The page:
Tempietto ring. In his De re aedificatoria of c.1450, Leon Battista Alberti, architect and
first theoretician of the Italian Renaissance, defined that the ideal shape of temples
(churches) should consist of primary forms, primarily the circle (and its geometrical
derivatives), and seconded by the square and its geometrical derivatives. Alberti
continued that an ideal temple should also be raised on a platform, free on all sides,
and placed in a beautiful square.

Donato Bramante's Tempietto in Rome, built in 1502, exemplifies these ideals. A tiny
martyrium, it can contain only 15 people. Comprised entirely of circular forms, the steps
lead to a peristyle of 16 Doric columns, encircling a single sacred space. Bramante also
made plans for the Tempietto to be encased in a square, but they were never executed.

Rooted in Neo-Platonic philosophy, sacred geometry and the Greek revival of the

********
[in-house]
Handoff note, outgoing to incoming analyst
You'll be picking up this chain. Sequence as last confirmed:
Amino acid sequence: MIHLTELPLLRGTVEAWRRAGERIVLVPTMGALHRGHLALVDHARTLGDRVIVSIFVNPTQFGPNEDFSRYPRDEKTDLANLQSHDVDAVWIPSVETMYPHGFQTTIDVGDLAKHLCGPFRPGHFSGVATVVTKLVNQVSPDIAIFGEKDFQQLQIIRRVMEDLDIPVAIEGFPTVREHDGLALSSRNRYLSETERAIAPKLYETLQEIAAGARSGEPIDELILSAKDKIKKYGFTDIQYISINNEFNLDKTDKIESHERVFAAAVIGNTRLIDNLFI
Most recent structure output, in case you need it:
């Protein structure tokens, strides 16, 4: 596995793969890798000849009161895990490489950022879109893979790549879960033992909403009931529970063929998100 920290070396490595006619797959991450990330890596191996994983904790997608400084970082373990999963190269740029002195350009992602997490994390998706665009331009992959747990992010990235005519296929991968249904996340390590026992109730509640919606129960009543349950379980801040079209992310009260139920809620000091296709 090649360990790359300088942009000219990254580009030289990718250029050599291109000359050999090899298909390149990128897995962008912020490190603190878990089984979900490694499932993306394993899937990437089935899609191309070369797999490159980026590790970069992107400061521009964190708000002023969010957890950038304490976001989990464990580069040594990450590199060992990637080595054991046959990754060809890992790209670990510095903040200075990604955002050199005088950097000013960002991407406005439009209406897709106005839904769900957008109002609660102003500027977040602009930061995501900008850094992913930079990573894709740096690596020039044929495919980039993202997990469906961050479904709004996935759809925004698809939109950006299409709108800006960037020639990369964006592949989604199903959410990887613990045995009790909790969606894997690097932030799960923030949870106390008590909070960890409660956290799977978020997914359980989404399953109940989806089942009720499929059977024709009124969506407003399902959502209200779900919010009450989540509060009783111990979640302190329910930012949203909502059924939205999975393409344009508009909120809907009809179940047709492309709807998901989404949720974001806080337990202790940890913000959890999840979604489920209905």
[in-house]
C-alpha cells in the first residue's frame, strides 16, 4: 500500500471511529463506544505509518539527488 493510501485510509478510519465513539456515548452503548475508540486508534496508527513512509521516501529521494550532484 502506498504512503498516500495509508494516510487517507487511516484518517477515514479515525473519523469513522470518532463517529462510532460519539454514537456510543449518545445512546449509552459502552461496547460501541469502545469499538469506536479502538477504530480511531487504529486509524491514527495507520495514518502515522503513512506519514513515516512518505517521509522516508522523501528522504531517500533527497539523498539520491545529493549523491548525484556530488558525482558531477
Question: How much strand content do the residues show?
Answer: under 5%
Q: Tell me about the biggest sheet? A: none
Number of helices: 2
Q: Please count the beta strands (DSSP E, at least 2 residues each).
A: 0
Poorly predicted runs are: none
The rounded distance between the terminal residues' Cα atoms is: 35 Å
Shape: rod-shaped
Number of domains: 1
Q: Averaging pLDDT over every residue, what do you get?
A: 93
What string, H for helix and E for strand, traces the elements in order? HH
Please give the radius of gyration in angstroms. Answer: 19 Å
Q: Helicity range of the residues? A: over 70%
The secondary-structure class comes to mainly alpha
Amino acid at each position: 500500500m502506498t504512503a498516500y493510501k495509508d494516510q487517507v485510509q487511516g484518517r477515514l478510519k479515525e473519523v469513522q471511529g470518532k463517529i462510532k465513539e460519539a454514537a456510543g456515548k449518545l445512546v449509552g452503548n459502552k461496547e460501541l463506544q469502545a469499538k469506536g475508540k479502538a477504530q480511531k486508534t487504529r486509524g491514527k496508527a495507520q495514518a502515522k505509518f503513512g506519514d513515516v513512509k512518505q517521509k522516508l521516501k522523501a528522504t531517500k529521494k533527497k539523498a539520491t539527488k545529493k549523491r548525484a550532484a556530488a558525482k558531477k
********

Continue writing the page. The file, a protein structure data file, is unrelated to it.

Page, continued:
mathematical interpretation of God and the world, for the Renaissance architects, the
perfect organic form of the circle embodied celestial harmony. Indeed, even the original
plans for the construction of the Vatican were circular in form.

While Leonardo da Vinci never actually constructed a building, he was nonetheless
considered an architectural expert, and drew many plans for circular constructions.

Included in the Architecture as Ornament exhibition, June 2007.

Sterling silver. Sizes available upon request.



 

 


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